Urawa Station was the closest train station. As we arrived, several cars traveled into the oval-shaped drop off road, disengaging several people, businessmen and women mostly, who were likely commuters. The aluminum shading above our heads kept the sun off our backs. I tried to ignore the looks I received as Gabriel and I walked toward the station entrance.
“Do you have your train pass ready?” I asked as I fished out my own train pass. Azazel had given it to me, but I had never had the chance to use it before. I wondered if I would even be able to use it.
“Train pass?” Gabriel asked. “What are those?”
I opened my mouth, but no words came out. Gabriel had told me that she just arrived in Saitama four days ago, but she should have known what a train pass was. They were one of the first things people traveling to Japan bought.
Of course, they could always buy tickets, but if someone was coming to Japan as a tourist, they would be traveling a lot, in which case, it was easier to order a temporary train pass before coming to Japan.
“Nevermind,” I said. “Let’s buy you a ticket at the vending machine.”
Gabriel must have been one of those tourists who hadn’t planned out everything in advance. She had probably just wanted to visit Japan for the novelty of it. There were many people in other nations, the United States especially, who were like that, or so Alicia had told him one time when they were watching anime together.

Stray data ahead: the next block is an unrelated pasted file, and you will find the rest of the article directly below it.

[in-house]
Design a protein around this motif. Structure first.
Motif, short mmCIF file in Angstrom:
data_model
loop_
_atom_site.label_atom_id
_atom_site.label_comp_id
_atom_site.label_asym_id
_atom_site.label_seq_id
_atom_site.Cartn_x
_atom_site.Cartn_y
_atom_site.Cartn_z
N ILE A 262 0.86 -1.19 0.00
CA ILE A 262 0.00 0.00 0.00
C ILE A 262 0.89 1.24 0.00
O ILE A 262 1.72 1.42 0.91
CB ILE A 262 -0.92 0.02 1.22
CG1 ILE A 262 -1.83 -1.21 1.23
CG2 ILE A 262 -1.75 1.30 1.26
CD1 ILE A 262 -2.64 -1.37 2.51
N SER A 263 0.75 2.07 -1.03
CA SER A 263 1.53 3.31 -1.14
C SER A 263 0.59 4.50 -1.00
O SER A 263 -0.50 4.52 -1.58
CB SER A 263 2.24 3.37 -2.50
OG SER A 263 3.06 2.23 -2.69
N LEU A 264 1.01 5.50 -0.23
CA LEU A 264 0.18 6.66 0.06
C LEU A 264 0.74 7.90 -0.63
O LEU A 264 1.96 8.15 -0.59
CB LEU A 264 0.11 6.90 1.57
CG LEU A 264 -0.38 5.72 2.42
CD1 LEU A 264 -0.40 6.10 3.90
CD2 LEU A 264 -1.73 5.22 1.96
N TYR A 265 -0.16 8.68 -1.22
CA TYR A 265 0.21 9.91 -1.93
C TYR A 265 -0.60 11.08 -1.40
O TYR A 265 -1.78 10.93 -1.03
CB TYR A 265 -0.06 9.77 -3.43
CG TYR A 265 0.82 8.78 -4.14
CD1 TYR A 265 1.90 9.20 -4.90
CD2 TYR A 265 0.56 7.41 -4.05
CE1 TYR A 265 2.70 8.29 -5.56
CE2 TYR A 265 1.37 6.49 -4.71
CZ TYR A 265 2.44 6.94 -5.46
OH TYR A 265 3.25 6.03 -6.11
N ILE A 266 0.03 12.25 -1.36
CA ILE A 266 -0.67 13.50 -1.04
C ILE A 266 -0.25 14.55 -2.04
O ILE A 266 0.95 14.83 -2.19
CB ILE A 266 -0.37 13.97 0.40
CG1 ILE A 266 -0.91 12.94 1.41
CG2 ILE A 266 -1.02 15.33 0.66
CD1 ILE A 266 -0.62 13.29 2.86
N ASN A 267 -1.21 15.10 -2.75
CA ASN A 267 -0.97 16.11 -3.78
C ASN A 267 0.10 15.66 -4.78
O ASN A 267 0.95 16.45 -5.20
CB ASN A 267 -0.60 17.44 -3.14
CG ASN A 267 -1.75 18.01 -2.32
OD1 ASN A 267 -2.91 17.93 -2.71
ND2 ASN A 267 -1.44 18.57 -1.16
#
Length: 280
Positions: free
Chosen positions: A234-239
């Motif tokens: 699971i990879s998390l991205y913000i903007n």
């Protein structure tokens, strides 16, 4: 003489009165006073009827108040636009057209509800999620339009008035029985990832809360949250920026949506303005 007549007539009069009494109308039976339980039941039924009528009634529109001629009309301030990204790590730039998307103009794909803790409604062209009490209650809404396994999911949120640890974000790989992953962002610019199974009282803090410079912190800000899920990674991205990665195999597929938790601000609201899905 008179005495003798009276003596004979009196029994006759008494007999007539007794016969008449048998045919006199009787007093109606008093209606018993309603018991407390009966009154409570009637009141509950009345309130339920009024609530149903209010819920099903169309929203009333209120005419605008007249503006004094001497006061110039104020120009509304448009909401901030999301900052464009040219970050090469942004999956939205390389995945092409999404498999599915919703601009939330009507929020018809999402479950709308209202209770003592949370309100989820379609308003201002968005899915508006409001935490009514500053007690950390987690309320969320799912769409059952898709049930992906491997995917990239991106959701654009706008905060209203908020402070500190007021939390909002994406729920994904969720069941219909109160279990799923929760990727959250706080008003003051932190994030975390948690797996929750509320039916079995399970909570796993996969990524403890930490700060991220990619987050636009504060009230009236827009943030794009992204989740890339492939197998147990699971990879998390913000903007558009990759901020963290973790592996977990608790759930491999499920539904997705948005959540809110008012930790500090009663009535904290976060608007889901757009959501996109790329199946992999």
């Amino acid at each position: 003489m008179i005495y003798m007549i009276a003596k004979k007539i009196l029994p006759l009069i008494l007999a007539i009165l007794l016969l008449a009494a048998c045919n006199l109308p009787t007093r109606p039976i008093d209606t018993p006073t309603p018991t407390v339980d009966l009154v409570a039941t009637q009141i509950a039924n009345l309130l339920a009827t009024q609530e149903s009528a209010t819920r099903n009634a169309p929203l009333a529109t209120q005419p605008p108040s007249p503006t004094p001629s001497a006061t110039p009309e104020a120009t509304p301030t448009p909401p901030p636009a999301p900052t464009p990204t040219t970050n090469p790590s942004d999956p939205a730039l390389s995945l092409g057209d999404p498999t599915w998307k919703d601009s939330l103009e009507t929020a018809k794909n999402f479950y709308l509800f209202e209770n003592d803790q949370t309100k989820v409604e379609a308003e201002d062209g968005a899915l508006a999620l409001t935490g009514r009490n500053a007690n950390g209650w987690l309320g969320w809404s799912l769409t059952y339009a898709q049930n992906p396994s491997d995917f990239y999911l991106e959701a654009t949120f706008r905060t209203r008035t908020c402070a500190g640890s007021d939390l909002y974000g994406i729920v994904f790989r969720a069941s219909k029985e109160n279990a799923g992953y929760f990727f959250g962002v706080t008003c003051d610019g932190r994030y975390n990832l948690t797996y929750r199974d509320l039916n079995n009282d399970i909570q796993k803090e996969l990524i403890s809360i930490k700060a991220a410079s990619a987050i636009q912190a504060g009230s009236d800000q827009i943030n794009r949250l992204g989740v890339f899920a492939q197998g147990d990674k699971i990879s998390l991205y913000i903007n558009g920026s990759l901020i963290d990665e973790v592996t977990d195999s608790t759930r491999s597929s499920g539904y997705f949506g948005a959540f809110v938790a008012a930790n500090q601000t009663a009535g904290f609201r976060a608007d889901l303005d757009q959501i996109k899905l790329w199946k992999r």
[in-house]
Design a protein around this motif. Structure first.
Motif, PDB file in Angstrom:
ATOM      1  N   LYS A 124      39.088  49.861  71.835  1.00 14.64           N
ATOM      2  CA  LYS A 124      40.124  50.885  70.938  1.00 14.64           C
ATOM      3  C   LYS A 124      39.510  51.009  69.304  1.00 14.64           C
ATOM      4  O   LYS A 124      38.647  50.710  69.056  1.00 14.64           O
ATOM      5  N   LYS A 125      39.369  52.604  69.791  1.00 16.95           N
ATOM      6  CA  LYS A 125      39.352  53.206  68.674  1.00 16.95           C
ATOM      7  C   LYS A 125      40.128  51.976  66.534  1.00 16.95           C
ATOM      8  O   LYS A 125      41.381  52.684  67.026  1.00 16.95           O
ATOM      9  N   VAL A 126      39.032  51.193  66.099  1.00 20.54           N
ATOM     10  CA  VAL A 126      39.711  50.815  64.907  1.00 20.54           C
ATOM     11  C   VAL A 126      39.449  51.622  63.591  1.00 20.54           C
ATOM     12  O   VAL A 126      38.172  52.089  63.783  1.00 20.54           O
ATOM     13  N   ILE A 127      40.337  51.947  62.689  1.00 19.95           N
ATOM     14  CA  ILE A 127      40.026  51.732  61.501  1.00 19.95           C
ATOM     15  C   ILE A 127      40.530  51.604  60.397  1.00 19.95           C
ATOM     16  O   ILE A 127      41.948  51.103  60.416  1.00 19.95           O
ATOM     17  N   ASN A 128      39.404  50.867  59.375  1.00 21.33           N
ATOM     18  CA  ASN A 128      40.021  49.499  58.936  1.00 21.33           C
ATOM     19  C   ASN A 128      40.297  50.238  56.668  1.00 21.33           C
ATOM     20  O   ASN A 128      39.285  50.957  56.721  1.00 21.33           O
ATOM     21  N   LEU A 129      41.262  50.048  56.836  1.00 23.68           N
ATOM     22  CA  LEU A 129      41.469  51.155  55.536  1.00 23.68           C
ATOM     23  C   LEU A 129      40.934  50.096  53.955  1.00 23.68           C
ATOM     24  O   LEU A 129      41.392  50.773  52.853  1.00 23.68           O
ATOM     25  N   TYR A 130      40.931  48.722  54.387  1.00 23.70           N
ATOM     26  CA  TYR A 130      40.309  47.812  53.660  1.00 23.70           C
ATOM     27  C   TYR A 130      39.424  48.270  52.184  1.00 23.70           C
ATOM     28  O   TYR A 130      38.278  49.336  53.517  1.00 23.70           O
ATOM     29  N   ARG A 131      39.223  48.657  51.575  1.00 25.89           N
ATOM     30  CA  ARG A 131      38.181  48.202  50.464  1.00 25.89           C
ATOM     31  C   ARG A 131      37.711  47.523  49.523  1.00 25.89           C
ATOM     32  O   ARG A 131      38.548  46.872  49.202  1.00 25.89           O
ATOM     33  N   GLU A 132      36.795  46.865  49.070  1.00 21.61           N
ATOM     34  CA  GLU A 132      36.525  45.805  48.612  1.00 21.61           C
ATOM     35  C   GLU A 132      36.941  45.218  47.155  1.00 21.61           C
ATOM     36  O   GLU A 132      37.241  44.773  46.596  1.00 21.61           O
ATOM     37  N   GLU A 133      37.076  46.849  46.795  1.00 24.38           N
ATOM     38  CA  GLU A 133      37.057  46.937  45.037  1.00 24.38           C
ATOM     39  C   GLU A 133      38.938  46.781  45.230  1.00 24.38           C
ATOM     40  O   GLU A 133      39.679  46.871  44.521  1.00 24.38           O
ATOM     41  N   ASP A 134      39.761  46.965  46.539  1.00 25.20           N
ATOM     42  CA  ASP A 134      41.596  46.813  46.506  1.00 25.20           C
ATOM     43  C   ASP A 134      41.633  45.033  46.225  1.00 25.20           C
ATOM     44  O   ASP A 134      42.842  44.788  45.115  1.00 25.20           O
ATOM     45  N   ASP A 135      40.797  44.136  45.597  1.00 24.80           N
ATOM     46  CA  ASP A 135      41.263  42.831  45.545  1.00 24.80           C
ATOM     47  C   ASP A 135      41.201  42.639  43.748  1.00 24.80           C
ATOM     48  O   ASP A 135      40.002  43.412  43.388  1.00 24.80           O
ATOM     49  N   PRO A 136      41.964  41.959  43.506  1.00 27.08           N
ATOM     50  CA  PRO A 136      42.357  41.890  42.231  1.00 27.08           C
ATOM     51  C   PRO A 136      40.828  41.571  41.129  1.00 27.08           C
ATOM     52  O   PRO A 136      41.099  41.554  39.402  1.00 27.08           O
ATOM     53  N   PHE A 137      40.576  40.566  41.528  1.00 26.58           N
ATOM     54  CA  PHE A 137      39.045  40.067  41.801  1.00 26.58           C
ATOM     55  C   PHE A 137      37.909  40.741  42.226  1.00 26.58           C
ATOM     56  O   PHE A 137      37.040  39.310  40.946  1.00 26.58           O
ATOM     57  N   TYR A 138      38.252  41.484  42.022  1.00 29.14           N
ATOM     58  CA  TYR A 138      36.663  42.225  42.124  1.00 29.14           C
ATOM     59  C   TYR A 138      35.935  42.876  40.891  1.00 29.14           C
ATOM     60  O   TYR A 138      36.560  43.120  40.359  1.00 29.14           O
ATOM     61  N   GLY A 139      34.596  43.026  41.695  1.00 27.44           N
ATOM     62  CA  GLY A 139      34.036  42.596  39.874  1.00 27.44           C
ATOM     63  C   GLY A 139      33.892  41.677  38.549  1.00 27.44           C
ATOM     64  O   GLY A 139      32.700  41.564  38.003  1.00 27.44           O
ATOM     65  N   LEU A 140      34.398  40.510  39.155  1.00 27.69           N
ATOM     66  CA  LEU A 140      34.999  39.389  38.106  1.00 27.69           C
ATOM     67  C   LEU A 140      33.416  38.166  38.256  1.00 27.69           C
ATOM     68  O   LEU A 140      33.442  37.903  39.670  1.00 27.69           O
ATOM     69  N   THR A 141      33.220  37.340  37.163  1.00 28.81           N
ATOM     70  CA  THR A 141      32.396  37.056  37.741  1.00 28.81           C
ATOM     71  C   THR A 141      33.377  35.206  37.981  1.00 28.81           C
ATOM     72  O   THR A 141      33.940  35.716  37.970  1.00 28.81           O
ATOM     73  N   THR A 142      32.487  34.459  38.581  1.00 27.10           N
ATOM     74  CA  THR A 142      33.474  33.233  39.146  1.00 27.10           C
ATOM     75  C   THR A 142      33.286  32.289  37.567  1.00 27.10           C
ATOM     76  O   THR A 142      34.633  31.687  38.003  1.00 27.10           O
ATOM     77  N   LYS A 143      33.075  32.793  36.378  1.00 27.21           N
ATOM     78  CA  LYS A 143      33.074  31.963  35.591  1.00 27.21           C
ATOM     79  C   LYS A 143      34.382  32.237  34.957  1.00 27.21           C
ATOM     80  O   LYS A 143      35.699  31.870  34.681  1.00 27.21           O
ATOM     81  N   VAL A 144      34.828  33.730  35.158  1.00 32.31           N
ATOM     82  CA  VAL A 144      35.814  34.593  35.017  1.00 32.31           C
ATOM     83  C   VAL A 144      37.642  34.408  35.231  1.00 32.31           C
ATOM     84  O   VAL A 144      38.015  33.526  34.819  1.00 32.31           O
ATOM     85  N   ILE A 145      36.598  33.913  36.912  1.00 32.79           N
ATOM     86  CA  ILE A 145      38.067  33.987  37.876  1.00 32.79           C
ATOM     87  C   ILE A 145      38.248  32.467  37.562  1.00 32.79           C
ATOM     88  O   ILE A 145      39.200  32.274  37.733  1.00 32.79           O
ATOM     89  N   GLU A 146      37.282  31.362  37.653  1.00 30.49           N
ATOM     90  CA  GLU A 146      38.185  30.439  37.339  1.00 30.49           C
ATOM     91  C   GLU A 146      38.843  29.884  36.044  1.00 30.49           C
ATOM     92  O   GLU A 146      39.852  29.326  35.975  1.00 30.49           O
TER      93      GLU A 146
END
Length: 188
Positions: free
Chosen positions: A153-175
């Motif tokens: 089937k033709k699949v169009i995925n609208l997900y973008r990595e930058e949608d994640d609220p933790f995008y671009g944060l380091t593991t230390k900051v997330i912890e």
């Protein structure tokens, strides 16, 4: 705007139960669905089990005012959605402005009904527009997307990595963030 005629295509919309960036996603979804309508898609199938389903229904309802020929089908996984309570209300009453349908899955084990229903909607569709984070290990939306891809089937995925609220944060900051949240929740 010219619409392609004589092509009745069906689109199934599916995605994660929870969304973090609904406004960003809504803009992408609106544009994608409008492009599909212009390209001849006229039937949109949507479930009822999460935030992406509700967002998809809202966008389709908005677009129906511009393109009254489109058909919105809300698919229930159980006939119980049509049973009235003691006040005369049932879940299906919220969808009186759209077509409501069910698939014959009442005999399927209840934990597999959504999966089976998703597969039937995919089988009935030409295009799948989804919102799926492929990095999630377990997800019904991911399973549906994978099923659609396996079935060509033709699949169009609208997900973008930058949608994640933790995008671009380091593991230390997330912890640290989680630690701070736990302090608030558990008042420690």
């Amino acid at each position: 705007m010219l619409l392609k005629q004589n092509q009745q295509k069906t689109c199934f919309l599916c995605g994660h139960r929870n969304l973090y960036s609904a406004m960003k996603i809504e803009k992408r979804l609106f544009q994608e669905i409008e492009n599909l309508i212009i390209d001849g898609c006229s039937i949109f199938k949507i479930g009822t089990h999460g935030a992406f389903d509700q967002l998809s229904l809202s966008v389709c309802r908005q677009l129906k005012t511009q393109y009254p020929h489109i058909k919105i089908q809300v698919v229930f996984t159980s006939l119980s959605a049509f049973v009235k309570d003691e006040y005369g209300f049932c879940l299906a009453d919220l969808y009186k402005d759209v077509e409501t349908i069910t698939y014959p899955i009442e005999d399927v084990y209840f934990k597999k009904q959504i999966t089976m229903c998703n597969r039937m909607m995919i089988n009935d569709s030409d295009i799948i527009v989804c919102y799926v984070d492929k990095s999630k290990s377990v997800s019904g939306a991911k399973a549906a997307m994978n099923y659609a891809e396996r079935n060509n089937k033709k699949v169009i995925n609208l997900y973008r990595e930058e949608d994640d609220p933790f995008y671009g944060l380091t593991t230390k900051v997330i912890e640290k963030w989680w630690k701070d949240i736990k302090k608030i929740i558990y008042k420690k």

Perhaps it was because of Gabriel’s presence, but I was able to buy her train ticket without incident, and we boarded the train that would take us to Akabaneiwabuchi. As we were getting on, I felt the sensation of being watched again. However, there was no one suspicious when I looked around.
The train wasn’t that crowded. Gabriel and I were able to find seats, and of course, the few people who were present sat as far from us as possible. This didn’t bother me as much as it normally would have. Gabriel spoke to me, asking me all kinds of questions about Japan, my school, and what sort of things I did for fun.
I couldn’t answer all of her questions. Living as I did, I had never once tried to have fun. She didn’t seem to mind.
It was a ten minute walk from the station to the fair, but it felt like it went by in less than five minutes. The fairgrounds consisted mostly of narrow paths lined with dozens of stalls. It was evening by now, so there were quite a few people present. As we wandered through the crowd together, I found it odd that no one looked my way.